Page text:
Many strategies have been provided by researchers in mitigating the effects of inward vapor diffusion, such as ventilation behind the reservoir cladding or the use of vapor retarding WRB membranes. However, the use of vapor retarding membranes may result in winter time condensation problems in retrofit homes with permeable cavity insulation and no exterior insulation. The cavity insulation results in decreased sheathing temperatures that may, depending on the interior and exterior climates, cause the sheathing to reach temperatures below the interior air dew point. While vapor diffusion may pose condensation problems, the most prominent concern is due to air leakage condensation (Quirouette, 1985; CBD 5 A.J. Wilson, 1960; CBD 23 A.J. Wilson, 1961), which can carry more moisture than vapor diffusion.
Despite the extensive research on inward driven moisture caused by solar radiation, more research is still needed. In this research effort. Building Science Corporation (BSC) investigated the effects of using vapor-permeable insulating sheathing on existing buildings. Maintaining the sheathing at higher temperatures will change the temperature dependent vapor permeability, sorption isotherm, relative humidity (RH), and drying capacity. Similarly, a higher sheathing temperature may also pose increased risk for biodegradation by being more amenable to mold and rot growth, should sufficient moisture be available.
1.3 Relevance to Building America’s Goals
Overall, the goal of the U.S. Department of Energy's (DOE) Building America program is to “reduce home energy use by 30%-50% (compared to 2009 energy codes for new homes and pre- retrofit energy use for existing homes).” To this end, we conduct research to “develop market- ready energy solutions that improve efficiency of new and existing homes in each U.S. climate zone, while increasing comfort, safety, and durability.”1 The addition of exterior insulation enables increased wall R-value more than would otherwise be achievable in standard 2×4 in. or 2×6 in. stick frame construction.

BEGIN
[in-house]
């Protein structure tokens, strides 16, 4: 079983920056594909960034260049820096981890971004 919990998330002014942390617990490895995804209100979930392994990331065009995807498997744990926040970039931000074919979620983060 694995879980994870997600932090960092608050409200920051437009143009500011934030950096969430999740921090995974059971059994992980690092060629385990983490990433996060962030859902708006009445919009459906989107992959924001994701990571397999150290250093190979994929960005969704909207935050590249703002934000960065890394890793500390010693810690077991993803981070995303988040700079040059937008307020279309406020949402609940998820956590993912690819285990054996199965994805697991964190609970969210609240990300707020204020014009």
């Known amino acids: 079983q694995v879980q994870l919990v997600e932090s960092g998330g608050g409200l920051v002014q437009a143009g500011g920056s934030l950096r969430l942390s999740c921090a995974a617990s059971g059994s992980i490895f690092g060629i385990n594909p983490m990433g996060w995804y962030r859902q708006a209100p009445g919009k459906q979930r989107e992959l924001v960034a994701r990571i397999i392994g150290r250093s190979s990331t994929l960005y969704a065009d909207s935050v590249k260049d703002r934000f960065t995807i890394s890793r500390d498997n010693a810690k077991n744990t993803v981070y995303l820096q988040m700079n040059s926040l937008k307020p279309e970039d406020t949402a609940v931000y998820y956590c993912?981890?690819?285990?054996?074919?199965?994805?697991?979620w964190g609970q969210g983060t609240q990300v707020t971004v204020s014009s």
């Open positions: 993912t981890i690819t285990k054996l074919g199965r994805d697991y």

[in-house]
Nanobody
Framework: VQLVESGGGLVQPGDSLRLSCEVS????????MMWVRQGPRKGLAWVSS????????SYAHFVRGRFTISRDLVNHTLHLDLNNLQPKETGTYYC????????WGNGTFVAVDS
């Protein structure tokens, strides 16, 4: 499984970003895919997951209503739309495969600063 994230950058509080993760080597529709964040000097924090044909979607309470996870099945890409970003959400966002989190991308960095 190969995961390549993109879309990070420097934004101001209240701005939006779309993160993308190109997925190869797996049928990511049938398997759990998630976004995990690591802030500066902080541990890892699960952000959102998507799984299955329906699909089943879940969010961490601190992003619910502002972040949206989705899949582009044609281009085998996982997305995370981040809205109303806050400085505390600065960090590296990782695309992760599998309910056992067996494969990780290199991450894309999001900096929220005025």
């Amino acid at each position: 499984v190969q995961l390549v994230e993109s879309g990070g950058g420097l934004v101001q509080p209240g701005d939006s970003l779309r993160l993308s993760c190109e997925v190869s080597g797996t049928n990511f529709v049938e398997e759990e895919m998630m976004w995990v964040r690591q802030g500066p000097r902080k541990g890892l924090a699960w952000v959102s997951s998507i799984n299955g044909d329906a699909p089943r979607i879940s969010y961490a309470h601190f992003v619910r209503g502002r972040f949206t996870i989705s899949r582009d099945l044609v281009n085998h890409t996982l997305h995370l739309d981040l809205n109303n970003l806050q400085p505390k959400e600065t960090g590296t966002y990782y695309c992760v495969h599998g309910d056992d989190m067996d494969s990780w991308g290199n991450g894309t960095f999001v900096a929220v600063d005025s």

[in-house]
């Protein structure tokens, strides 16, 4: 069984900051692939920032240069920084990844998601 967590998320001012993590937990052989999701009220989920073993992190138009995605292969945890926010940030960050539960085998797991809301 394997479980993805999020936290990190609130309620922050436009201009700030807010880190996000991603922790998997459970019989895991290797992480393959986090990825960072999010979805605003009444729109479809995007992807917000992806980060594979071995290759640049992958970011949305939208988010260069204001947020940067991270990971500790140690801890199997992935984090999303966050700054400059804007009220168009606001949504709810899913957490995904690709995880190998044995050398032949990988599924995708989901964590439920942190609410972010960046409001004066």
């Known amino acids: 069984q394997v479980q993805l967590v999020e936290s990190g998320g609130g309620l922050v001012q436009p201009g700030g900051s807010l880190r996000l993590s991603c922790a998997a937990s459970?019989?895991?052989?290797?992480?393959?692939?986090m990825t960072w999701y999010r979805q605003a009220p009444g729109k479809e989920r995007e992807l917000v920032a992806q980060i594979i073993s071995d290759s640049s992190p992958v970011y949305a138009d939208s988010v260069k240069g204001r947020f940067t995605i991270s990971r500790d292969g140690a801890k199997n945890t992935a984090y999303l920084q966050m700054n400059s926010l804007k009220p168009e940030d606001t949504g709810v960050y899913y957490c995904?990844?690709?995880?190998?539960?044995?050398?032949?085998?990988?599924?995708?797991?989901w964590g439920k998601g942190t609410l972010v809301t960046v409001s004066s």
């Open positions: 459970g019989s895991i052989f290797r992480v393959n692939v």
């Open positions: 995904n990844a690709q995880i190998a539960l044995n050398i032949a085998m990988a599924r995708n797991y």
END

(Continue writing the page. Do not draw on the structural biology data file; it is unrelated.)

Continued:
The addition of an extra 1.25 in. of continuous vapor-permeable exterior insulating sheathing can provide an additional R5 to a wall assembly while significantly reducing the effects of thermal bridging. On a 2×4 in. at 16 in. on center stick frame construction with R13 batt insulation, this results in a 30% energy reduction of space conditioning site energy losses through the opaque wall assembly. Increasing the thickness of the exterior insulation sheathing only increases the energy savings. Furthermore, the addition of exterior insulation decreases the propensity for cold weather condensation forming on the back of the structural wall sheathing, as well as providing superior insulation performance by minimizing thermal bridging. These factors will reduce embodied energy through improved durability and lifespan and greatly reduce energy use for space conditioning for the life of the enclosure.
The implementation of outboard insulation wall systems is easily included into any residential building retrofits with only minor detailing required around wall penetrations and fenestration. Used in conjunction with other recommended high-R-value systems (Straube and Smegal, 2009), the use of permeable exterior insulating sheathing can significantly reduce the space conditioning energy consumption of residential homes helping to meet the Building America goals of 30%- 50% energy use reduction.
To ensure the cost-effectiveness of the retrofit proposals, a detailed BEopt analysis was conducted. Each proposed wall assembly will be assigned a cost relative to standard construction. These costs will be developed in partnership with BSC’s prototype and community builders. It is important to note that, should an exterior insulating strategy be adopted for a building rehabilitation project, the incremental costs of adding a nominal thickness of exterior insulation and application of a WRB with the desired vapor permeability will be very small, as the costs of the cladding, sheathing, etc., already included as part of the building rehabilitation. However, if the sole intent of the retrofit is to increase the overall wall R-value, then the associated costs of the proposed retrofit will be significantly higher.